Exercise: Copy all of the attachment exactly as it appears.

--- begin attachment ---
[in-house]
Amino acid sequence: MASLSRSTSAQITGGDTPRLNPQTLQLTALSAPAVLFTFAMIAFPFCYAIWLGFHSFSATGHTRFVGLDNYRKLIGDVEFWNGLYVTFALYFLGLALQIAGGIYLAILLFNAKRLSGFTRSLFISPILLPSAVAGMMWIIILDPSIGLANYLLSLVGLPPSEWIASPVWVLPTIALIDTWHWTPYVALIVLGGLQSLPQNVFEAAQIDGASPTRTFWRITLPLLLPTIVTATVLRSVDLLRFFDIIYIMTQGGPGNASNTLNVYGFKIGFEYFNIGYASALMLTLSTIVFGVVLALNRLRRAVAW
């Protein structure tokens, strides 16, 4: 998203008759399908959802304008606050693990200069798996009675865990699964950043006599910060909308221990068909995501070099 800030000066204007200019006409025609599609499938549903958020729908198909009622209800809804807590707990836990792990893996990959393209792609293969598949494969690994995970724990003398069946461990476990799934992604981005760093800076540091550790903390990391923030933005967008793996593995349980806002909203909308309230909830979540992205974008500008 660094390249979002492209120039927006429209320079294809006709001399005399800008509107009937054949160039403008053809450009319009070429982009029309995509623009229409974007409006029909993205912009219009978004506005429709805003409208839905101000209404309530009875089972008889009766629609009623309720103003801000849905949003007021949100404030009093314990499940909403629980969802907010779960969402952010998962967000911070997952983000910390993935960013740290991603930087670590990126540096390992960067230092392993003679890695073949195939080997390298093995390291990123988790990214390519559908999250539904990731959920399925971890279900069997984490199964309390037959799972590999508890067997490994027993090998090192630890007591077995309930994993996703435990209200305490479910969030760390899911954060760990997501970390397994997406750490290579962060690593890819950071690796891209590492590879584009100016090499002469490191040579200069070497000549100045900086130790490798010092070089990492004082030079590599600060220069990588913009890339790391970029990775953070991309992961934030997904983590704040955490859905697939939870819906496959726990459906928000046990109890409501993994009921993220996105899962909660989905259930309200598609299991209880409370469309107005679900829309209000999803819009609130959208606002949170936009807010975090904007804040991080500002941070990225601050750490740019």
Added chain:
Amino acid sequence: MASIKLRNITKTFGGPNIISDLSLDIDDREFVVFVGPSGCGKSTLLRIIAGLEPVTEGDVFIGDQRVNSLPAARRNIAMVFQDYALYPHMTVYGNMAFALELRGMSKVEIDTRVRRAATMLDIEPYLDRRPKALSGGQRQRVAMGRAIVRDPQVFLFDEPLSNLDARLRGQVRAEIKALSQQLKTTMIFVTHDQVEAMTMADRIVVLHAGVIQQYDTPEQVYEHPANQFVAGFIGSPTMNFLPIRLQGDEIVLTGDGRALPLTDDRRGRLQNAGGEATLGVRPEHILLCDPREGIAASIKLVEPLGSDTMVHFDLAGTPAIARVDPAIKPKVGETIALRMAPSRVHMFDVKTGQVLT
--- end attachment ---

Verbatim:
[in-house]
Amino acid sequence: MASLSRSTSAQITGGDTPRLNPQTLQLTALSAPAVLFTFAMIAFPFCYAIWLGFHSFSATGHTRFVGLDNYRKLIGDVEFWNGLYVTFALYFLGLALQIAGGIYLAILLFNAKRLSGFTRSLFISPILLPSAVAGMMWIIILDPSIGLANYLLSLVGLPPSEWIASPVWVLPTIALIDTWHWTPYVALIVLGGLQSLPQNVFEAAQIDGASPTRTFWRITLPLLLPTIVTATVLRSVDLLRFFDIIYIMTQGGPGNASNTLNVYGFKIGFEYFNIGYASALMLTLSTIVFGVVLALNRLRRAVAW
């Protein structure tokens, strides 16, 4: 998203008759399908959802304008606050693990200069798996009675865990699964950043006599910060909308221990068909995501070099 800030000066204007200019006409025609599609499938549903958020729908198909009622209800809804807590707990836990792990893996990959393209792609293969598949494969690994995970724990003398069946461990476990799934992604981005760093800076540091550790903390990391923030933005967008793996593995349980806002909203909308309230909830979540992205974008500008 660094390249979002492209120039927006429209320079294809006709001399005399800008509107009937054949160039403008053809450009319009070429982009029309995509623009229409974007409006029909993205912009219009978004506005429709805003409208839905101000209404309530009875089972008889009766629609009623309720103003801000849905949003007021949100404030009093314990499940909403629980969802907010779960969402952010998962967000911070997952983000910390993935960013740290991603930087670590990126540096390992960067230092392993003679890695073949195939080997390298093995390291990123988790990214390519559908999250539904990731959920399925971890279900069997984490199964309390037959799972590999508890067997490994027993090998090192630890007591077995309930994993996703435990209200305490479910969030760390899911954060760990997501970390397994997406750490290579962060690593890819950071690796891209590492590879584009100016090499002469490191040579200069070497000549100045900086130790490798010092070089990492004082030079590599600060220069990588913009890339790391970029990775953070991309992961934030997904983590704040955490859905697939939870819906496959726990459906928000046990109890409501993994009921993220996105899962909660989905259930309200598609299991209880409370469309107005679900829309209000999803819009609130959208606002949170936009807010975090904007804040991080500002941070990225601050750490740019």
Added chain:
Amino acid sequence: MASIKLRNITKTFGGPNIISDLSLDIDDREFVVFVGPSGCGKSTLLRIIAGLEPVTEGDVFIGDQRVNSLPAARRNIAMVFQDYALYPHMTVYGNMAFALELRGMSKVEIDTRVRRAATMLDIEPYLDRRPKALSGGQRQRVAMGRAIVRDPQVFLFDEPLSNLDARLRGQVRAEIKALSQQLKTTMIFVTHDQVEAMTMADRIVVLHAGVIQQYDTPEQVYEHPANQFVAGFIGSPTMNFLPIRLQGDEIVLTGDGRALPLTDDRRGRLQNAGGEATLGVRPEHILLCDPREGIAASIKLVEPLGSDTMVHFDLAGTPAIARVDPAIKPKVGETIALRMAPSRVHMFDVKTGQVLT